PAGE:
Pepper (Piper nigrum)
Pepper is sometimes been referred to as the king of spices and is one of the most popular seasonings throughout the world. Peppercorns are the berries of pepper vines which can either be black, green or white depending upon when they are harvested or different methods of curing and drying. Pepper is consumed fresh, dried or ground.
Green peppercorns are commonly dried in the sun and raked daily until they are wrinkled and black. The flavour is rich, hot and biting with a clean aftertaste.
Green, immature berries are available fresh on the steam or pickled in brine or vinegar or freeze dried. They are light in flavour, with a fresh, strong taste and are not as hot as black peppercorns.
Are made from berries that are packed in sacks and soaked slowly running water for 1-2 weeks to loosen the outer skin. The berries are then rubbed and the husk is removed. White peppercorns are less rich with a sweet aftertaste.
Black peppercorns have a strong, earthy aroma with woody, lemon-like undertones.
Green peppercorns have a light, bright, lively aroma.
The white variety have a mild, musty aroma.
Black and white peppercorns lose their flavour and aroma when ground so it’s best to buy whole corns and grind as required.
Pepper can be used in basically everything and anything as it has the ability to enhance other flavours. Pepper can be used to flavour stocks, marinades, meats, pies, sauces, vinegars, casseroles, stews and even fruit cakes. Pepper pairs with basil, garlic, oregano, rosemary, salt, cheese, egg and also fruits such as strawberries, figs and pineapple.
Pepper is grown on vines which can be propagated by seeds or cuttings. They are best grown in a warm, humid climate in the shade as they are originally a rainforest plant. The vines are best grown on trellises or poles in rich, composted soil and pruned often to make harvesting easier. After 3-5 years the plant will produce white flowers which turn into seed spikes which may produce 50 or more peppercorns.
Pepper is native to South Asia and Southeast Asian with most of its source being India’s Malabar Coast. It was discovered in 327 BC by Alexander the Great after he invaded Indian and its popularity, rarity and its ability to preserve meats made it highly sort after and more valuable than gold. The spice trade and race saw explorers like Marco Polo, Magellan and Columbus search the globe in the quest for pepper.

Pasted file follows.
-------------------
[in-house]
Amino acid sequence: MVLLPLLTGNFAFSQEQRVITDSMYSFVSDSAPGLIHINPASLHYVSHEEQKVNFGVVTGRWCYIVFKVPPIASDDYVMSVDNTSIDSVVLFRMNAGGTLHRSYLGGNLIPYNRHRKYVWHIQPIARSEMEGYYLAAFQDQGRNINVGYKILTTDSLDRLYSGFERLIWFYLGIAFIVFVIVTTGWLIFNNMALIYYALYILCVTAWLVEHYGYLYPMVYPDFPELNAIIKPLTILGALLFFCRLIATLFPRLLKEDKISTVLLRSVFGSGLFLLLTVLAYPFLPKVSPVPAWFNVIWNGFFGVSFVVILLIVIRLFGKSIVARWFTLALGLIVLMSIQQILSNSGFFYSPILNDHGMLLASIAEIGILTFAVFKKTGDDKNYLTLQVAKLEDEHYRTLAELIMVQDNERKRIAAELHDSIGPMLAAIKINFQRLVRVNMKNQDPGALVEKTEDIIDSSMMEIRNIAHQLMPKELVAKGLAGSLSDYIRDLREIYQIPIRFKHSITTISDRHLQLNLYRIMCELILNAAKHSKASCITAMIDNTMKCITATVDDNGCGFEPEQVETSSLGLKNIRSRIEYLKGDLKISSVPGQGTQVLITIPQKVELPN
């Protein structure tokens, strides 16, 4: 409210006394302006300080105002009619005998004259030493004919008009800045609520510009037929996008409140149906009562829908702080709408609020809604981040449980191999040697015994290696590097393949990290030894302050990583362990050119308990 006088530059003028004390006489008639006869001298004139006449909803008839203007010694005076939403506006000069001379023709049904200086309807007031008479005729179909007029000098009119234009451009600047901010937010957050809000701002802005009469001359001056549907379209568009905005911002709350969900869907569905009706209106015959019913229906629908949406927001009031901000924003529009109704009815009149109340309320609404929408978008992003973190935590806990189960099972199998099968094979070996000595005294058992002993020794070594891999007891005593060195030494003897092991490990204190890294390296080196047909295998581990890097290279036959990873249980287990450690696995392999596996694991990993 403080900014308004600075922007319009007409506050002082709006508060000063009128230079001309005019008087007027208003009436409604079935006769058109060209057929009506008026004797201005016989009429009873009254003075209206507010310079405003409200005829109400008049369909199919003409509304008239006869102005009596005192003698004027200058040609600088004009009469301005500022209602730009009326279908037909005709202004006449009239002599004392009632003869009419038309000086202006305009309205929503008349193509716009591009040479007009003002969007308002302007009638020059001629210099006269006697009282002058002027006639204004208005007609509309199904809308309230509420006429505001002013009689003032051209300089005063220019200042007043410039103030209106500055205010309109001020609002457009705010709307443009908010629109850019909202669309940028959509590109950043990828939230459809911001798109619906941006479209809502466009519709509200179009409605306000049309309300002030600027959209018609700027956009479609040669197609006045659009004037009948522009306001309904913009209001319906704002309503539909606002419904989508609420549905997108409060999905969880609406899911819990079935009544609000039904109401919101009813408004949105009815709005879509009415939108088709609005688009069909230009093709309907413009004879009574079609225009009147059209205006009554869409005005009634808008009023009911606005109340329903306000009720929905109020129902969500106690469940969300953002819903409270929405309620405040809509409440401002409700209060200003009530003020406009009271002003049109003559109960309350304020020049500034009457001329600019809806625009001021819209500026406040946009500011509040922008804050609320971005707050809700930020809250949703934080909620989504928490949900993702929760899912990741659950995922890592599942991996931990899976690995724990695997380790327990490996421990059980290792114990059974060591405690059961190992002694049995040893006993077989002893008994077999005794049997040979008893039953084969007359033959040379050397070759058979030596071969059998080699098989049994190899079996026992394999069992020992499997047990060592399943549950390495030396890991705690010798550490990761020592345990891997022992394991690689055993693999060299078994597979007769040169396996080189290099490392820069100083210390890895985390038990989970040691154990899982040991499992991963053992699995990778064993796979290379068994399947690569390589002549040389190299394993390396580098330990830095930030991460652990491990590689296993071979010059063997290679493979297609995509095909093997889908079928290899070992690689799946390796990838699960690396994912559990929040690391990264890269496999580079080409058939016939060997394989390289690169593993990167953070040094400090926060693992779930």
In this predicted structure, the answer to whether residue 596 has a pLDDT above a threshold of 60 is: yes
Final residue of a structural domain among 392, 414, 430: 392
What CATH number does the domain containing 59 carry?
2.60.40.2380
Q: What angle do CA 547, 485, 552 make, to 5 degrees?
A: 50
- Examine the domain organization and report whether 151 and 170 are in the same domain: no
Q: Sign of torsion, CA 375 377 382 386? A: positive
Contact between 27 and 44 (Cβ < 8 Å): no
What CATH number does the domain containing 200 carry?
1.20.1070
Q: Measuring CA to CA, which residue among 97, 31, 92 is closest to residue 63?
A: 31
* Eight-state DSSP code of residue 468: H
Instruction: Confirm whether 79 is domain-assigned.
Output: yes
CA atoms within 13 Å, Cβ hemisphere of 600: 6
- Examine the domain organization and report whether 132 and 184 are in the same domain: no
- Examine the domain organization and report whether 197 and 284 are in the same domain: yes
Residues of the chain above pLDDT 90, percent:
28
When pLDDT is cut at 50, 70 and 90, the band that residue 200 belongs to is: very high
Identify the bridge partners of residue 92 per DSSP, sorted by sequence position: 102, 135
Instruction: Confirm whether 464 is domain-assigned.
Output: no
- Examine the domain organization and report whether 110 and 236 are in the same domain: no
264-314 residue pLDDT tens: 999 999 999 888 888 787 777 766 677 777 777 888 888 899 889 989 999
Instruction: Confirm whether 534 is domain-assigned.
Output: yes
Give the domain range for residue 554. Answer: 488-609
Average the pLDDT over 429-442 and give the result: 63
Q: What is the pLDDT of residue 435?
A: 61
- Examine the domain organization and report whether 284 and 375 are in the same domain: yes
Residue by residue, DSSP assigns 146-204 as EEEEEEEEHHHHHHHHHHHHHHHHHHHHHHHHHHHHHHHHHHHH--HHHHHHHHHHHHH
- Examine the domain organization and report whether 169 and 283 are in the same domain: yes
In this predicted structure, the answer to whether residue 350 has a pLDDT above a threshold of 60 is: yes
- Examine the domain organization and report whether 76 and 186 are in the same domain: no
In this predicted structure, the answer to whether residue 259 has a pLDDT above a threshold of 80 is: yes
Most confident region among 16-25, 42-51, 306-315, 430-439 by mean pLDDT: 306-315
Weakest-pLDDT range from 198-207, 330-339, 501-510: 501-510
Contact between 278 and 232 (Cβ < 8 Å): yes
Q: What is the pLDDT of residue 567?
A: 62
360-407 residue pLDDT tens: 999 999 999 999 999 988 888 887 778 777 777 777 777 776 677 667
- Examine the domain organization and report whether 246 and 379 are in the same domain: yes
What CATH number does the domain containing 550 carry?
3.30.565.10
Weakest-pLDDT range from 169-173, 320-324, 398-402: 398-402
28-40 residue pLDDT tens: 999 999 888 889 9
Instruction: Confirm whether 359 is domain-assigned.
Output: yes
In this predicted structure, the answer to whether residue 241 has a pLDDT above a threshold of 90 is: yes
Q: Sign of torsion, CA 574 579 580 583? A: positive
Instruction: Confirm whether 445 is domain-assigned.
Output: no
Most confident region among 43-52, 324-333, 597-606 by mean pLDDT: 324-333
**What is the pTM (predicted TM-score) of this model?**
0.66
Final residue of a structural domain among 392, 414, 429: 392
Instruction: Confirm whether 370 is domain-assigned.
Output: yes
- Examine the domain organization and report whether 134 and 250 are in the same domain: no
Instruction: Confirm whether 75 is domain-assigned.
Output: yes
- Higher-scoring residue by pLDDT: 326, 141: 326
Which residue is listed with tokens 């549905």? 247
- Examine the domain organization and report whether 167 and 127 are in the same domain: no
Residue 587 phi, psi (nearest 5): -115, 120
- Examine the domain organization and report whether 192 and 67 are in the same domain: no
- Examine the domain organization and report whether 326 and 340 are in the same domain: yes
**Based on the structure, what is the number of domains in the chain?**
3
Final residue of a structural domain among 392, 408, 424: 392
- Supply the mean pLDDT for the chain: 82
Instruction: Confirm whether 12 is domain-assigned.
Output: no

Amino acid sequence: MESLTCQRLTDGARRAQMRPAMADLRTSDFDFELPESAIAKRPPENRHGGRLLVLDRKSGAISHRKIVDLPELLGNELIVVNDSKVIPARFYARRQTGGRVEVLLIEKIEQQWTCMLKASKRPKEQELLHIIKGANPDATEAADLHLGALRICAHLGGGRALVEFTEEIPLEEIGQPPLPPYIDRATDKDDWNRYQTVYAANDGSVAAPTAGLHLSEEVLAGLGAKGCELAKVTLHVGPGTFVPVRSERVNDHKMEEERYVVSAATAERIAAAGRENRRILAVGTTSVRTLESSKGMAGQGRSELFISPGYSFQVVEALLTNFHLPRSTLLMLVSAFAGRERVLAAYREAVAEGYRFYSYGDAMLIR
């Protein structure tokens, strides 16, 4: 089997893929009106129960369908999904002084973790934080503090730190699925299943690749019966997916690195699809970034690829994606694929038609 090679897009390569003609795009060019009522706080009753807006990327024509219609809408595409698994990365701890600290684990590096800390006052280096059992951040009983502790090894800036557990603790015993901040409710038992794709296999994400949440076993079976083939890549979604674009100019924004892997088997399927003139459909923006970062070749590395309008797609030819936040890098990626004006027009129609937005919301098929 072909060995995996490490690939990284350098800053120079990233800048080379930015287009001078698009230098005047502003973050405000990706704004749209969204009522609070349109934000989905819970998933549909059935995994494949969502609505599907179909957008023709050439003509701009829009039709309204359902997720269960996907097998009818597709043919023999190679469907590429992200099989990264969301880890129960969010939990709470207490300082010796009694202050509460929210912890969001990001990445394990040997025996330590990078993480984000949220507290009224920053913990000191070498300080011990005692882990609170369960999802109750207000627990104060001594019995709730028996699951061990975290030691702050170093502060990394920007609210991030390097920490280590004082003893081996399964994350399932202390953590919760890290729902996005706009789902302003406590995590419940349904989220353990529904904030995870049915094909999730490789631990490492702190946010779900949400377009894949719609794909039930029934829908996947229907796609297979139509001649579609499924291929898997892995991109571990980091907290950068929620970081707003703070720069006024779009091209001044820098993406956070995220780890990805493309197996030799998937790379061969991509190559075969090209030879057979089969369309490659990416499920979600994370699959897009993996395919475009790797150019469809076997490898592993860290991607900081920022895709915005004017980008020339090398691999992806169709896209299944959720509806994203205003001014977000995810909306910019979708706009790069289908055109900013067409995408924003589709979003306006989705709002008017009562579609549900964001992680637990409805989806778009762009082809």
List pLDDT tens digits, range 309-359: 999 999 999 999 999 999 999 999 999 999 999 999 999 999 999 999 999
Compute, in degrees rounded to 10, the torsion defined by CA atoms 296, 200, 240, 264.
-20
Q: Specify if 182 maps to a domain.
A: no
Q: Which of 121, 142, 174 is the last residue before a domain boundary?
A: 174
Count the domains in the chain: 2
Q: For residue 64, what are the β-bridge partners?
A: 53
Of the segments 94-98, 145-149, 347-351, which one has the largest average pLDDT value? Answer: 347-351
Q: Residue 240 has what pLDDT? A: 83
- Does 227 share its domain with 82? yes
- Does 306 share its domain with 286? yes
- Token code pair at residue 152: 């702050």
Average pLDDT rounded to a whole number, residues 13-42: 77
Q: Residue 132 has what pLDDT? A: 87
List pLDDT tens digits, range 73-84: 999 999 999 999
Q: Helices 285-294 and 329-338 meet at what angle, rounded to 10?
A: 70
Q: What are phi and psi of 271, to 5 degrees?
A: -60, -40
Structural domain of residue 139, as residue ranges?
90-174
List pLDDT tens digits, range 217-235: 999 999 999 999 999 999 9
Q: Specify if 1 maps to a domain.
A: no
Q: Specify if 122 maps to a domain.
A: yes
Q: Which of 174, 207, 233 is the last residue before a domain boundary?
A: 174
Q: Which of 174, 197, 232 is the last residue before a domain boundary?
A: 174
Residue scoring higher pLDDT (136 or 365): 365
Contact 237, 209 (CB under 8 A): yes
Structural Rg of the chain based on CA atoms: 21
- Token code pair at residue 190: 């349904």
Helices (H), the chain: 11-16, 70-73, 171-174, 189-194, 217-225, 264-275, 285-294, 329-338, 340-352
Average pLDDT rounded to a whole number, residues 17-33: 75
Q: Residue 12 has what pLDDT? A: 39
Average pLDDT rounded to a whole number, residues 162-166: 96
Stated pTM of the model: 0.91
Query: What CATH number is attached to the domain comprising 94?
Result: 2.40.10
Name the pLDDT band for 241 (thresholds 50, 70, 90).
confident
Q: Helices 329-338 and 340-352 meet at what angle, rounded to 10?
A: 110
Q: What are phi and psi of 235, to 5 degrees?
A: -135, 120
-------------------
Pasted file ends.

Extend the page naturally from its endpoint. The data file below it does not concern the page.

In the Middle Ages, pepper was considered currency and was used to pay rents, dowries and taxes. The term ‘peppercorn rent’ meant that the payment was made in full.
Pepper is now grown in Thailand, India, Brazil, Malaysia and Vietnam and although it is now much more affordable for consumers, it is still the most important spice in volume and value.
Pepper has been recognised as an appetite stimulant and for its ability to aid nausea and digestion. Throughout history it has been used to cure illnesses such as constipation, earache, gangrene, sunburn and toothaches.
Pepper can also help congeal the blood and stop small cuts from bleeding.
Facts about Pepper
The name pepper comes from the ancient Indian word pippali meaning berry.
Other forms of pepper include:
This was popular in history however it is difficult to find now. It has a similar, but hotter, taste to regular pepper.
Contrary to its name, this is not part of the pepper family as the berry is from the prickly ash tree. It is one of the main spices in Chinese Five Spice.
Red or Pink Peppercorns
Ripe, red peppercorns from the Peruvian peppertree are preserved in brine or vinegar. The outer shell has a sweet, delicate, fruit-like taste and the core provides a moderate heat.
Can pepper be used as an insect deterrent?
Peppercorns can be used to deter insects when sprinkled in garden beds or stored with seeds. White pepper can also be dusted onto cabbages to eliminate caterpillars.